This page includes links to most if not all articles on this website related to improving flexibility i.e. stretching. Stretches are grouped by body part.
Flexibility is the ability to apply strength or relax across a wide range of positions. The wider the range of positions in which you can apply strength or relax, the more flexible you are.
I’ll use the word “stretch” to denote the idea of working towards flexibility. When stretching, for it to be a stretch there must be some resistance. As an analogy, when you stretch an elastic band, the elastic band resists being stretched. And you can feel this resistance. So when stretching your body, there should be resistance in the part being stretched.
Stretch sensation, the sensation that arises when stretching, is a combination of connective tissue being lengthened and muscle activation sensation.
In general, the greater the stretch the louder the connective tissue stretching sensation and the dimmer the muscular activation sensation on the side of the joint being lengthened.
Floppiness occurs when the body is completely (or as completely as possible) relaxed. Floppiness means there is no resistance to movement. Being able to be floppy is a good thing and is part of being flexible. But it isn’t the same as being flexible.
Some suggestions for flexibility training
When stretching, a part of flexibility training can be to relax to the point of floppiness in the end position. However, this should also be accompanied by doing the opposite, deliberately re-activating.
When doing flexibility training, you can consider the short side of the stretch and the long side. The long side of a stretch is the side of the joint that is being stretched. The short side of the stretch is the side that is being shortened. Flexibility training includes training muscles to activate, or relax, while shortened and while lengthened.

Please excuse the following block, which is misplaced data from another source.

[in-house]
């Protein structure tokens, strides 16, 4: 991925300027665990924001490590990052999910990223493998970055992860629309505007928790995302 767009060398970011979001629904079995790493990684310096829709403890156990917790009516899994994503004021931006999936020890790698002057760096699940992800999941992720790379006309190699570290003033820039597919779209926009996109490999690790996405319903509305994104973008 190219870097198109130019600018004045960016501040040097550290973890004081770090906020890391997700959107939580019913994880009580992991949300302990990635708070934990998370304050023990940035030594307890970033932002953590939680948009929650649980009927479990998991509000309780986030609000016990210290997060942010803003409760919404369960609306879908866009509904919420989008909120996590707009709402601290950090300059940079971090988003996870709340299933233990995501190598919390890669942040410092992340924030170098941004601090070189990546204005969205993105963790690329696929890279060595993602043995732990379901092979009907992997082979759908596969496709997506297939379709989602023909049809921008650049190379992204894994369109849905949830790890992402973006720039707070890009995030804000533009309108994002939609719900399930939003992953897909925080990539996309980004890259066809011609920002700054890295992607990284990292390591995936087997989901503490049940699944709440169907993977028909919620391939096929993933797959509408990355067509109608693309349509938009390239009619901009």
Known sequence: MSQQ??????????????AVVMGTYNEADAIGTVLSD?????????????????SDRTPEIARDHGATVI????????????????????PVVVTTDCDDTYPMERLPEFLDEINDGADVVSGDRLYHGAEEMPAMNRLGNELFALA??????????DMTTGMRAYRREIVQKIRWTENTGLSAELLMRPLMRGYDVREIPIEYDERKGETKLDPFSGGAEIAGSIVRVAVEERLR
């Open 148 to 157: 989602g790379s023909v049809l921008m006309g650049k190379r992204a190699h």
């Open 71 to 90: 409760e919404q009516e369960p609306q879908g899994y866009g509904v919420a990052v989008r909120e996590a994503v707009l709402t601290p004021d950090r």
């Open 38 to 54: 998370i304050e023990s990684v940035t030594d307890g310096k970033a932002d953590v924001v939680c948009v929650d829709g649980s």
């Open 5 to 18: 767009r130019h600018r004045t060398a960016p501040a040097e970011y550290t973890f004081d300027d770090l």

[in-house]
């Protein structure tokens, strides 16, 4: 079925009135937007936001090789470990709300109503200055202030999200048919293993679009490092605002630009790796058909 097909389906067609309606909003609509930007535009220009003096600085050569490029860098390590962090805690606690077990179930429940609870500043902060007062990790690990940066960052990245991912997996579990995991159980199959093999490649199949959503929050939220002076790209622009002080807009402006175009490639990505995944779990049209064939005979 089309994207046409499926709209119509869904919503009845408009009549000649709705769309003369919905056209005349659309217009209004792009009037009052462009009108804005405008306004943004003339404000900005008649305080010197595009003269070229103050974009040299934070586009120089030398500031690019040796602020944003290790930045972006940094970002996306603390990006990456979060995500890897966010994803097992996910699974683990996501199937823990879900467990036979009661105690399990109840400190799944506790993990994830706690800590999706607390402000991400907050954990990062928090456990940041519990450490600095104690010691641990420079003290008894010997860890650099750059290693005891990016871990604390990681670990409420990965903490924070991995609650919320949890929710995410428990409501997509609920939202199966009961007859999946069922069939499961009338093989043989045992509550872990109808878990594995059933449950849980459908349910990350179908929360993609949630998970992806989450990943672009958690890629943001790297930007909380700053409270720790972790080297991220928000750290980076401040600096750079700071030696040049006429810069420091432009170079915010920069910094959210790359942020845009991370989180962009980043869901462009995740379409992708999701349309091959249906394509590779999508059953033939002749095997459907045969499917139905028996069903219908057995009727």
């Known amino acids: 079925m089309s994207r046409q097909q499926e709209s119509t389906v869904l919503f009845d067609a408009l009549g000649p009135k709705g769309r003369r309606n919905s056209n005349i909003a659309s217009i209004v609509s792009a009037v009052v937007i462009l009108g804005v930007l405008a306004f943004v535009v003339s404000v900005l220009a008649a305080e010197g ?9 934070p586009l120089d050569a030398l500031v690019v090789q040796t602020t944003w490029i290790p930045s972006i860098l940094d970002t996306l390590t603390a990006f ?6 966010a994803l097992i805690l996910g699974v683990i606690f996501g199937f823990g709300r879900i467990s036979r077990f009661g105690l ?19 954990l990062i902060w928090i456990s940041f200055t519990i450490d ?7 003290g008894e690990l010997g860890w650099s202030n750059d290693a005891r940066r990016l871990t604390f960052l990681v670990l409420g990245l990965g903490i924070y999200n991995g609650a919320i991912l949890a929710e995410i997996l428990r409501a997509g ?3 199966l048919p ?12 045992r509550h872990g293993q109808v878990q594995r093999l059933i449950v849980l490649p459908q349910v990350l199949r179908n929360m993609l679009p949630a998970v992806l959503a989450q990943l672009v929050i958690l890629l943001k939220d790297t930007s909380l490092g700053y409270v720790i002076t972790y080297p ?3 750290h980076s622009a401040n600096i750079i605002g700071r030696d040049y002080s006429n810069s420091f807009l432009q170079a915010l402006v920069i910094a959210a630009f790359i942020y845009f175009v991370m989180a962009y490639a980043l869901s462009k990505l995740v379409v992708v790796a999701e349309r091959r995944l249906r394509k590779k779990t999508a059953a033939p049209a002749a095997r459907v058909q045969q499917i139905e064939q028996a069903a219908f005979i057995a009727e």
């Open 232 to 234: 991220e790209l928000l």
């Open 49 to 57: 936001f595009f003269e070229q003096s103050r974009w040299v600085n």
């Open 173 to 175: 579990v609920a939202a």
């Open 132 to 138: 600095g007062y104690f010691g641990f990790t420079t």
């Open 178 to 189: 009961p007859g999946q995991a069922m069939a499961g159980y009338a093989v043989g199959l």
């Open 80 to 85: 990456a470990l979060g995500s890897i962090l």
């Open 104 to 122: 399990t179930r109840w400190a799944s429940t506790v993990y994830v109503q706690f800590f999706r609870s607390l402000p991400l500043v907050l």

When working on flexibility it’s important to consider joint safety. Muscles control joint position. Muscle control (the degree of activation or relaxation of muscles) maintains joint integrity through a joint’s range of possible positions and through a range of applied forces.
Because our joints have some ability to rotate, or require the ability to resist being rotated, an important part of flexibility training can include rotational control.
Flexibility requires stability. When stretching an elastic band you need to fix at least one part of the elastic band. For example, you can pinch one end of the elastic. Then you can pull the free end away from the pinched end. When stretching muscles, it helps to anchor one or both ends of the muscle being lengthened or shortened.
About the articles on improving flexibility listed below
For most sections there are pages that contain multiple stretches for the body part in question. There may also be pages that focus on a single stretch for each body part. The single stretch pages, if they exist, are listed first. The multi-stretch pages are listed after.
Except for the "how to improve flexibility" articles, all links include images of the stretches. So you can get a good idea of the types of stretches just from the images. The pages themselves will include details on what to do in each stretch to make the stretching position more effective.
For a more verbose index (or if you are used to the old yoga for flexibility index) check out yoga for flexibility.
For general tips (and some principles) for improving flexibility, check out these tips for improving flexibility below.
Use the hyperlinked headings to return to the table of contents.
Hip Flexor Stretches
Bent knee hip flexor stretches
Kneeling yoga poses
Sensational Quad Stretches
Hamstring Stretching Yoga Poses
Yoga Shoulder Stretches
For more on understanding flexibility and improving it, check out the articles below.